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Sun, Aug. 25

An active, worry-free life: Seniors embrace lifestyle opportunities afforded by retirement communities

Les Stukenberg/The Daily Courier<br /><br /><!-- 1upcrlf2 -->Residents can opt to have breakfast, lunch or dinner in the Alta Vista Retirement Community dining room.

Les Stukenberg/The Daily Courier<br /><br /><!-- 1upcrlf2 -->Residents can opt to have breakfast, lunch or dinner in the Alta Vista Retirement Community dining room.

Two weeks before moving into a retirement community, Norma Phillip started having problems at her home.

Among other things, a water pipe broke, and that's when Phillips decided she'd had enough of the responsibilities of home ownership.

"The more things happened, the more I was determined to move out of there and let someone (else) take care of those problems," she said.

Phillips left the burden behind her and moved into a new retirement community in Prescott. Now Phillips can enjoy a meal, watch a movie in a small theater, go to the library, use the exercise room and make new friends without leaving the building.

That suits Phillips perfectly.

"I like to be busy," she said. "Life is easier."

The opportunity for activities and interaction is the main appeal for Phillips and others choosing to shed themselves of problems and move into places like the Alta Vista Retirement Community in Prescott.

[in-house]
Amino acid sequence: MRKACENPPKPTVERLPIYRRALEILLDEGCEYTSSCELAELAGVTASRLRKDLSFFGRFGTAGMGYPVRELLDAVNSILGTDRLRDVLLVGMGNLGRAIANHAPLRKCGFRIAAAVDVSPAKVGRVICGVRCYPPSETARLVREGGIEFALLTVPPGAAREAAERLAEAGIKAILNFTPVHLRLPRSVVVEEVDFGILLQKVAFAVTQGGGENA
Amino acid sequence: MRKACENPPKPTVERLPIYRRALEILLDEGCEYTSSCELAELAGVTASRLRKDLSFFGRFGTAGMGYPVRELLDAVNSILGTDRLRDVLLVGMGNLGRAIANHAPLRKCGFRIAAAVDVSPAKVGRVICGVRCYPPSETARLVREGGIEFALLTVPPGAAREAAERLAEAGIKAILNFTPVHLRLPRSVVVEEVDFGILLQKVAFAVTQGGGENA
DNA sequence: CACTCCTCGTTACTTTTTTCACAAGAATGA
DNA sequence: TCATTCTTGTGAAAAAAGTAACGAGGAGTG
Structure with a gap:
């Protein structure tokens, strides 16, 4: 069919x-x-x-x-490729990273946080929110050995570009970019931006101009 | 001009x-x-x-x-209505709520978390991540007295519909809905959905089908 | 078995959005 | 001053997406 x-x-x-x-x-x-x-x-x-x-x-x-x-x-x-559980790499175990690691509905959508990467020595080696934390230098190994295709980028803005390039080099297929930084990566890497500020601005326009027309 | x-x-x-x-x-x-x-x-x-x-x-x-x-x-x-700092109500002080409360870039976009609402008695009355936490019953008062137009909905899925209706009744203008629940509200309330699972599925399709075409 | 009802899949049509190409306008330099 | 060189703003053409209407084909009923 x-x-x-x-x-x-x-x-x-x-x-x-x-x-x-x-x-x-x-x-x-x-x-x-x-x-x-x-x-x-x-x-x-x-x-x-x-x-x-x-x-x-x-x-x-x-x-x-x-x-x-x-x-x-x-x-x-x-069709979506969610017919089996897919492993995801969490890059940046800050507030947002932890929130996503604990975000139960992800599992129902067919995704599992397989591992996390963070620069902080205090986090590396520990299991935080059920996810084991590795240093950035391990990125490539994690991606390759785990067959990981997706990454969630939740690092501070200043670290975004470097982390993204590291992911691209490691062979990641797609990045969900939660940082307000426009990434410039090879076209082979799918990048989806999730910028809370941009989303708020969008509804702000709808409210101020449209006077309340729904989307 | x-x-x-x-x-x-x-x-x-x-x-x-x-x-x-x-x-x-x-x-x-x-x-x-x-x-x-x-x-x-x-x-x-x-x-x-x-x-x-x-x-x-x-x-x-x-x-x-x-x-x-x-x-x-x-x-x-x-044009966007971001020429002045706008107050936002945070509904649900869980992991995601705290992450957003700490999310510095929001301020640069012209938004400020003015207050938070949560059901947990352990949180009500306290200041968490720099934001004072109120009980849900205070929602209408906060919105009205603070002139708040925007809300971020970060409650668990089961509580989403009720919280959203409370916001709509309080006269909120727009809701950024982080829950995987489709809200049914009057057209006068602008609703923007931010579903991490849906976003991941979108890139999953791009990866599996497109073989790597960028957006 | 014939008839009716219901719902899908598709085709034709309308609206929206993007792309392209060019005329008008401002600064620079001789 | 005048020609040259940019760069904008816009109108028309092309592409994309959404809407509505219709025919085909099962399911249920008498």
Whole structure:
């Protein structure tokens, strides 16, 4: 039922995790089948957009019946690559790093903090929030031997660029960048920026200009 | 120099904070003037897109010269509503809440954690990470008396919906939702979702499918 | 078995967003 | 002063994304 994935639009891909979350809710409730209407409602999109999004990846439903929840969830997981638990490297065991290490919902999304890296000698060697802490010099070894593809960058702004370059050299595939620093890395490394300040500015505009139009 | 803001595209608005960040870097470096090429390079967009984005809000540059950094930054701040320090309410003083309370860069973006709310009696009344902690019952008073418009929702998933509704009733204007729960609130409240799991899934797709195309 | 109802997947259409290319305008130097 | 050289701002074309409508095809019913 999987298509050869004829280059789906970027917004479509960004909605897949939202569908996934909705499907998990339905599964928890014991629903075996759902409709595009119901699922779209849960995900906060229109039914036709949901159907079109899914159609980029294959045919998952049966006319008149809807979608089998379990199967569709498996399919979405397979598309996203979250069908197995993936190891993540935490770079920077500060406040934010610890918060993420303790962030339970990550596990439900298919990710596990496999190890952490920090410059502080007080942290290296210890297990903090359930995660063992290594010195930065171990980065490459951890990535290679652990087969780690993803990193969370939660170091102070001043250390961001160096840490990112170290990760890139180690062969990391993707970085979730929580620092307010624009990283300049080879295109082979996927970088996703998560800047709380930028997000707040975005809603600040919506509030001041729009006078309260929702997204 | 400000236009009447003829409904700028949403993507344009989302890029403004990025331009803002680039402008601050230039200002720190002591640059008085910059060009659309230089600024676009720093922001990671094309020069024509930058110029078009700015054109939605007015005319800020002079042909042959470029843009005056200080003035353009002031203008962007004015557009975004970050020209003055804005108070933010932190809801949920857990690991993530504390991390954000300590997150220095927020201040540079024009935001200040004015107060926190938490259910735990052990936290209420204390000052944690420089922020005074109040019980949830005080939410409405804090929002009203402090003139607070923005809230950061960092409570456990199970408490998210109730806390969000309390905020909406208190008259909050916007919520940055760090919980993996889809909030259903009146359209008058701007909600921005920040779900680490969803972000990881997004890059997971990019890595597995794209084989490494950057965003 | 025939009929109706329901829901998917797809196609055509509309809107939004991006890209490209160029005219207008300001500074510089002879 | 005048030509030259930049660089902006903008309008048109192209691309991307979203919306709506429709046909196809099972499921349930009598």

The new senior living center is one of two such apartment complexes that opened its doors this past summer.

Executive Director Maggie Greenwood said the community has 132 apartments for independent or assisted living, about 60 percent of which are reserved.

Greenwood said prospective residents visit the community for friendship, wanting to unload some of the chores that come with home ownership, and have access to help around the clock.

"It's that security of knowing that someone is close by if something happens," she said.

The Highgate Senior Living community recently opened its doors off Prescott Lakes Parkway.

Ann Conley, executive director of the community, said people with an ailing spouse can move in with the comfort of knowing their husband or wife is getting quality healthcare.

Conley said the residents appreciate the around-the-clock attention they get there, rather than seeing a nurse for a few hours at their former homes.

"With us, they can go and be spontaneous," she said. "That's a huge attraction."

About a quarter of the Highgate apartments are reserved, according to Conley.

"Everything is designed around residents," Conley said. "It's a very tailored, specialized form of care."

Andrea Bahl, assistant executive director, said the community allows people the chance to stay in one place and get the care they need.

Bahl said residents can get a workout, visit the spa/barbershop, watch a movie and stay active.

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